Will the Apple Watch Become a Tracking Device?


Location finder

In the 1988 film Enemy of the State a group of rogue NSA agents kill a US Congressman and try to cover up the murder. What the NSA agents don’t know is that a video camera had been set up by wildlife researcher Daniel Zavitz who captured the entire incident. When Zavitz views the recording, he sees the murder and contacts an underground journalist while at the same time transferring the video to a computer disk that he hides in a video game console. The NSA finds out about the recording and sends a team to recover the video.

In an attempt to get away, Zavitz runs into an old college friend, labor lawyer Robert Clayton Dean (Will Smith). Unbeknownst to Dean, Zavitz secretly places the game console into Dean’s shopping bag. Zavitz flees and is killed when hit by a fire truck and later the underground journalist is also killed.

In time, the NSA learns that Dean has the video so they plant surveillance devices in his home and on him. They can track him anywhere because of the tracking devices.

While we are not to the place in America where the fictional story line of Enemy of the State is reality, nevertheless, the very idea that we can be tracked voluntarily should make us take notice. Here’s a clip from the film (Warning: some language):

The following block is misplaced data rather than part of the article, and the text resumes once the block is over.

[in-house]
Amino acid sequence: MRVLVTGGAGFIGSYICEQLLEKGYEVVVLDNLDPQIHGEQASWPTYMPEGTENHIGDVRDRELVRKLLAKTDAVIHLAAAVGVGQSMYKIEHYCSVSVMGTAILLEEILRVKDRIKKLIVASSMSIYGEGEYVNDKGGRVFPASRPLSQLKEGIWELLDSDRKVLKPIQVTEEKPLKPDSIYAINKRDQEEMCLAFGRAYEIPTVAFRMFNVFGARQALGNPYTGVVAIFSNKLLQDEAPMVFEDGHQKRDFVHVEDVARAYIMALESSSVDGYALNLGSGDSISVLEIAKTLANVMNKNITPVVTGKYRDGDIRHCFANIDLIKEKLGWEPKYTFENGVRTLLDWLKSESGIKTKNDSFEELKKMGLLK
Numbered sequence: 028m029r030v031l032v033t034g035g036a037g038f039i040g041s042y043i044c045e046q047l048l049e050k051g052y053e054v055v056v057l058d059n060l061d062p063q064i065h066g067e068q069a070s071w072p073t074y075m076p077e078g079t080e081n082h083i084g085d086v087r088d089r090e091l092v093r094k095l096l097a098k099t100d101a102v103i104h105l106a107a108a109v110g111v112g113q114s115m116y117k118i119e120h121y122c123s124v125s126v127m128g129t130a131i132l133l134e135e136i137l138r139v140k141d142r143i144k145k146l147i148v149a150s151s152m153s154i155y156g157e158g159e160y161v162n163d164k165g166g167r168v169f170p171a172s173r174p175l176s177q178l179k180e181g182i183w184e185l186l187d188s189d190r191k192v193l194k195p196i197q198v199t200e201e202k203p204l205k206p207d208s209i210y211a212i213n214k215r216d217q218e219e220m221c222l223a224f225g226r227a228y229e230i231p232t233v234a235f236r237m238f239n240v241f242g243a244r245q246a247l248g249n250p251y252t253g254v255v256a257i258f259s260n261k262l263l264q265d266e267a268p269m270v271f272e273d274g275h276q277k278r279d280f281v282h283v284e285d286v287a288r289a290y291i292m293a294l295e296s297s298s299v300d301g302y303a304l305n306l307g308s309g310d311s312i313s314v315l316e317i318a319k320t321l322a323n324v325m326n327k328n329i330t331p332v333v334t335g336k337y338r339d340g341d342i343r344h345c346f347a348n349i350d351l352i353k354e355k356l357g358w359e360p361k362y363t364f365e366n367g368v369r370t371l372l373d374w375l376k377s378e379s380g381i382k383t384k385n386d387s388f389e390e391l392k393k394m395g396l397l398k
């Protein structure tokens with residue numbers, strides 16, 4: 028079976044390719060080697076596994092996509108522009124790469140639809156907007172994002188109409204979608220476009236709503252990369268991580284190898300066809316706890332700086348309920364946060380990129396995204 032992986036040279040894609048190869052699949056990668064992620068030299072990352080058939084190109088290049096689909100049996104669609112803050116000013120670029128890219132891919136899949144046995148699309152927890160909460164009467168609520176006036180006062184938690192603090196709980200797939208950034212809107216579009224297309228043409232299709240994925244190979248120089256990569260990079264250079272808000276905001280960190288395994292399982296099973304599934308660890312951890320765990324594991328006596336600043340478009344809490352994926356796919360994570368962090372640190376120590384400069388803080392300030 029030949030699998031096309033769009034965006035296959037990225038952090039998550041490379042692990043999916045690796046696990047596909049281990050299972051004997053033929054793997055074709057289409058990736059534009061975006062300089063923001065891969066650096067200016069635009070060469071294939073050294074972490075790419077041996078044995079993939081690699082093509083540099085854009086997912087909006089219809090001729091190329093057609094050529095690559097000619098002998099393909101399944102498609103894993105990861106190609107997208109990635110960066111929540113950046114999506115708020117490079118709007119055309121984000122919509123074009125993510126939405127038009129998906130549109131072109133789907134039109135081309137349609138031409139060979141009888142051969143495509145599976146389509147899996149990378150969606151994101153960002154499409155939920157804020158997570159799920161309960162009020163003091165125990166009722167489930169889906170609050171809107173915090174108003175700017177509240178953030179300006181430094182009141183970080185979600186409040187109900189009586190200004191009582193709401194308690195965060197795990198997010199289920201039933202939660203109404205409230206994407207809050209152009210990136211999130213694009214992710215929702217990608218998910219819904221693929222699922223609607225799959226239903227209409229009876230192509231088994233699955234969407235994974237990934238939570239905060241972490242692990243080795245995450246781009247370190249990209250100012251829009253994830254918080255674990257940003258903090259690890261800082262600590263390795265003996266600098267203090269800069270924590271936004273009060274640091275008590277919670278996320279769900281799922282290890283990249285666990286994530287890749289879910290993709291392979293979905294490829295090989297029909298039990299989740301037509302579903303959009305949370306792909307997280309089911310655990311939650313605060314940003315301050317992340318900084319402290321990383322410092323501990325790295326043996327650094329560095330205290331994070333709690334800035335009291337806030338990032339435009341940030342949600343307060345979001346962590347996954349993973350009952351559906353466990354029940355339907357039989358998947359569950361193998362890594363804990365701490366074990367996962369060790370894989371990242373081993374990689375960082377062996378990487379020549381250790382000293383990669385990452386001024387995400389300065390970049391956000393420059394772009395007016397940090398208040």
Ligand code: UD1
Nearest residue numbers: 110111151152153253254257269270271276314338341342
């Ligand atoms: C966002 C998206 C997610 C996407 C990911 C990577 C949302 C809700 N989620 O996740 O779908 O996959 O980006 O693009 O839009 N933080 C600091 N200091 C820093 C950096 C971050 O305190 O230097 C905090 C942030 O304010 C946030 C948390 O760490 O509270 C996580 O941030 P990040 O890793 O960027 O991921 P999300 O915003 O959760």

Take a look at Google’s location history map of where you’ve been. It’s scary. You can deactivate your location finder history, but that doesn’t mean that you are not signaling where you’re going every second of the day.

Here’s a map of my movements from September 9th:

Location finder

Now we are being enticed to wear signal-generating watches that will broadcast not only where we’re going but vital life indicators and so much more.

The following is from Supreme Court Justice Louis Brandeis (1856–1941) in the first wiretapping case that came before the nation’s highest court. In his dissenting opinion in Olmstead v. United States (1928), Brandeis wrote:

“Ways may some day be developed by which the government, without removing papers from secret drawers, can reproduce them in court, and by which it will be enabled to expose to a jury the most intimate occurrences of the home.”1

Neither our constitutional framers nor Brandeis could have imagined that individuals would voluntarily wear devices that transmit detailed information to anybody with the ability to capture and store that information.

Consider the electronic watch introduced by companies like Samsung and Apple. The following is from Dr. Gary North:

“Every year, Apple comes up with a new tracking device. This year, it came up with two: the new, improved iPhone 6 and Apple Watch.

“Think of the product line as NSA Watch.

“What will the NSA watch? Everyone who wears an Apple Watch.

“This technology is revolutionary. Anyway, that’s what the media think. That’s also what the NSA thinks.

“Americans can’t wait.

“We have all seen those law-and-order shows where criminals are required to wear tracking devices strapped permanently to their legs. Now, the devices are far more stylish. They also offer neat, free apps.

“Snowden? Who’s Snowden?

  1. Olmstead v. United States, 277 U.S. 438, 474 (1928) (J. Brandeis, dissenting). []
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